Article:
CoreCHI™ Certification Opens Doors for a Refugee from Bhutan
“I was two and half years old when my family had to flee Bhutan because the King deprived the ethnic Nepali minority of citizenship, forbade the use of the Nepali language, and started persecuting Nepalis,” starts his story Damber Subba, CoreCHI™. “My family and I lived in the Beldangi II refugee camp in Nepal for 17 years, since 1991.” In the refugee camp, Damber learned English, finished high school, and studied Physics afterwards. His parents encouraged him and all his siblings to study hard so that they can help others.
On July 22, 2008, his family arrived to the U.S. through the refugee resettlement program of the United States Committee for Refugees and Immigrants (USCRI). They were resettled by the International Institute of Akron, Inc. (IIA) in Ohio. Damber decided from the very beginning that the best way to help his community thrive in the new country was to become an interpreter. He attended English classes and completed a refugee interpreter training course at IIA. And in 2009, he started working as an IIA interpreter.
“That’s when I began to realize that I cannot stop learning, that it’s impossible to go far in the interpreting profession without certification,” continues Damber. “If you want to do the job right, if you want to get recognition and appreciation for your service, you must get certified! And CCHI’s CoreCHI™ certification was an easy choice for me.It is the only national credential that is available for interpreters of any language. It is the only certification that a refugee can achieve within a couple of years and then have a professional job that can support their family while helping the community.”
Damber was awarded the CoreCHI certification on February 4, 2013. And within a couple of weeks, he was hired as a staff interpreter by Akron Children’s Hospital where he is currently employed. “The CoreCHI certification opened the doors for me,” says Damber. “It allows me not only to provide the best quality interpreting service for my community, but also gives me an opportunity to mentor other interpreters. We have several refugee communities in Akron – Burmese, Karen, Mon, Chin, Iraqi, Uzbek, etc. And I am honored to be an example of success for them as well. We all have come to the U.S. with the hope to live peaceful and productive lives, to provide safe homes for our parents and build good future for the new generations.”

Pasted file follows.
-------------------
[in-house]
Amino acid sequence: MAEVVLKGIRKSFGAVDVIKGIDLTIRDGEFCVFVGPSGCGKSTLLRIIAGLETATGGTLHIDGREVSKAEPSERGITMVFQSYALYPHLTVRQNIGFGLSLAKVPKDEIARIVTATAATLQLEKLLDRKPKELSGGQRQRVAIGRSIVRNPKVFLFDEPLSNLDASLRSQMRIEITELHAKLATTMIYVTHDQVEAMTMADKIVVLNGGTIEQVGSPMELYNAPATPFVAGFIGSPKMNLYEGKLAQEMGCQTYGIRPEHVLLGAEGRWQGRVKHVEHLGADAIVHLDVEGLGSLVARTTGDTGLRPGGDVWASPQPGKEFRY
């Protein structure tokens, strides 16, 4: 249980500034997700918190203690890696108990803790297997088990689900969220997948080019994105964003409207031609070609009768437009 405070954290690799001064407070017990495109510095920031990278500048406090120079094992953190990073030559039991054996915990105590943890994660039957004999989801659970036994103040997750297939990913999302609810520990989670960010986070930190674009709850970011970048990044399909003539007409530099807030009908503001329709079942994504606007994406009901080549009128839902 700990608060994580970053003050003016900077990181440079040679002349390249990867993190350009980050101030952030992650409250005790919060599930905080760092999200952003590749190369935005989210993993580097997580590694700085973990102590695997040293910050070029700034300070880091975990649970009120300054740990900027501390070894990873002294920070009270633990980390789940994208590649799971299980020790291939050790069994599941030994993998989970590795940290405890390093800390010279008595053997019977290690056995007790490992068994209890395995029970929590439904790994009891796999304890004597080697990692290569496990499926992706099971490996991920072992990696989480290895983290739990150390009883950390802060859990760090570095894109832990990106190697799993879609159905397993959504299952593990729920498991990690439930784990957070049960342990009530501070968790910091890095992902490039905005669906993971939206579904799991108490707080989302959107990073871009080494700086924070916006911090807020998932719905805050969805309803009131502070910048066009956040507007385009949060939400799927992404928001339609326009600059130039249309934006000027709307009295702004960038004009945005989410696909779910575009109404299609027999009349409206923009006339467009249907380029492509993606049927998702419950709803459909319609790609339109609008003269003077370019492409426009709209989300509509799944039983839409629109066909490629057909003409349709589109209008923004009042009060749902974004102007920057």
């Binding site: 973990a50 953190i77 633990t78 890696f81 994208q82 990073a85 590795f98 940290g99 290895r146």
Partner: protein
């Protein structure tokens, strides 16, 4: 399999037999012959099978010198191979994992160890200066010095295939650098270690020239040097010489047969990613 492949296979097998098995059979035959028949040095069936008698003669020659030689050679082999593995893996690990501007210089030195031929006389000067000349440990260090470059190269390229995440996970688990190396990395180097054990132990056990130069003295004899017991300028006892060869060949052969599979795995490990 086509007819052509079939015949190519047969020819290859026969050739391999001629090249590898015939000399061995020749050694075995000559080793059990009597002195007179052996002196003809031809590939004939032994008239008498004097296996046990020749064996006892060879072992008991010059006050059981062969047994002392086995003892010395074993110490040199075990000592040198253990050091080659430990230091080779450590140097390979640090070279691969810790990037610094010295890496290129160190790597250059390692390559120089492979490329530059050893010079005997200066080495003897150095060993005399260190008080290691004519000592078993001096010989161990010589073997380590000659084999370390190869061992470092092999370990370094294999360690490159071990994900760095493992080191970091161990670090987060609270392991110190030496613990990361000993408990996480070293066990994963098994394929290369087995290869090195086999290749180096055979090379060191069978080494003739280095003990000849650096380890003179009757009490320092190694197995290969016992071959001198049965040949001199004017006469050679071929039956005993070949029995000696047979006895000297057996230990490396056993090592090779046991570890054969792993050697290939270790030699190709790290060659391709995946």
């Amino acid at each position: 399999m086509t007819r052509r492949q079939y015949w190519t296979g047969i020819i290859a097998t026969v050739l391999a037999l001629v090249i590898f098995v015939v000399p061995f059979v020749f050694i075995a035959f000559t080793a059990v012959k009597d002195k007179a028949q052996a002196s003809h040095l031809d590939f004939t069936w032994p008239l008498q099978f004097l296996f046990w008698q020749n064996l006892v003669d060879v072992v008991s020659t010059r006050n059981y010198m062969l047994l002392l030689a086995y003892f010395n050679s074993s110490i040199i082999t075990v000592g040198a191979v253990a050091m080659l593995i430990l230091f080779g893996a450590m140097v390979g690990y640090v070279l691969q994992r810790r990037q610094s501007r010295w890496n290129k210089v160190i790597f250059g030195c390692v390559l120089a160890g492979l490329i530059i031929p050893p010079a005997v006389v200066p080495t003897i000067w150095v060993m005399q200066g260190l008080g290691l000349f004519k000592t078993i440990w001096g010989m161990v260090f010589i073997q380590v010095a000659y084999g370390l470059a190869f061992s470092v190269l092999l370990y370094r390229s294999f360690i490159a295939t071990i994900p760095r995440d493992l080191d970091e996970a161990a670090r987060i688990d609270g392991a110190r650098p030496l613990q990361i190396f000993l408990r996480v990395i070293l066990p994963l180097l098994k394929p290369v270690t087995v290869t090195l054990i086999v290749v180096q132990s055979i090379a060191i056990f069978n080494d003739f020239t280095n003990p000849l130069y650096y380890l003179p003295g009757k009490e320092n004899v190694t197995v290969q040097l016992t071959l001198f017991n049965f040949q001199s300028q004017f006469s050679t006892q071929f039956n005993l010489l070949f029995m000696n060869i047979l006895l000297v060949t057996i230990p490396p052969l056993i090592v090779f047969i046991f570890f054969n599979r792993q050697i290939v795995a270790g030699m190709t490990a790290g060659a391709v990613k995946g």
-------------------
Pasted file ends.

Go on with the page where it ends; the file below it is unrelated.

This year, on May 2, Damber became citizen of the United States. In addition to working as an interpreter, he studies Biochemistry at Kent State University. He also volunteers for the Bhutanese Community Association of Akron, Inc., along with his older brothers Bishnu Subba (the current President of BCAA), Krishna Subba, and sister Renuka Subba. “I want to think that my story is an ordinary story of a refugee in the U.S. Because with the help of agencies like the International Institute of Akron, with proper professional training, any refugee who wants to be successful in the interpreting profession can achieve certification. And with CCHI’s certification, they can be quickly employed either by a hospital or a language agency. I know there are about 15 Nepali interpreters who have the CoreCHI credential in the U.S. now. That’s not enough! We have 60,000 Nepali refugees here, and they all deserve the best interpreters! I hope now that CoreCHI is the full certification more refugee interpreters of any language will apply,” concludes Damber.
The CoreCHI examination is a multiple choice exam in English, available year-around, and delivered online in a secure test center environment at multiple locations throughout the U.S. To learn more about the CCHI’s certification and to apply, go to http://www.cchicertification.org/healthcare-interpreters/healthcare-interpreters. To be eligible for certification, a candidate must have proof of completing 40 hours of healthcare interpreter training before they apply.
Crosswalk: Comparing National CLAS Standards and TJC Hospital Accreditation Requirements
The Joint Commission has just released one more resource that can help hospital administrators, managers of language services, and other employers of interpreters make a business case about the value of investing in certification of interpreters.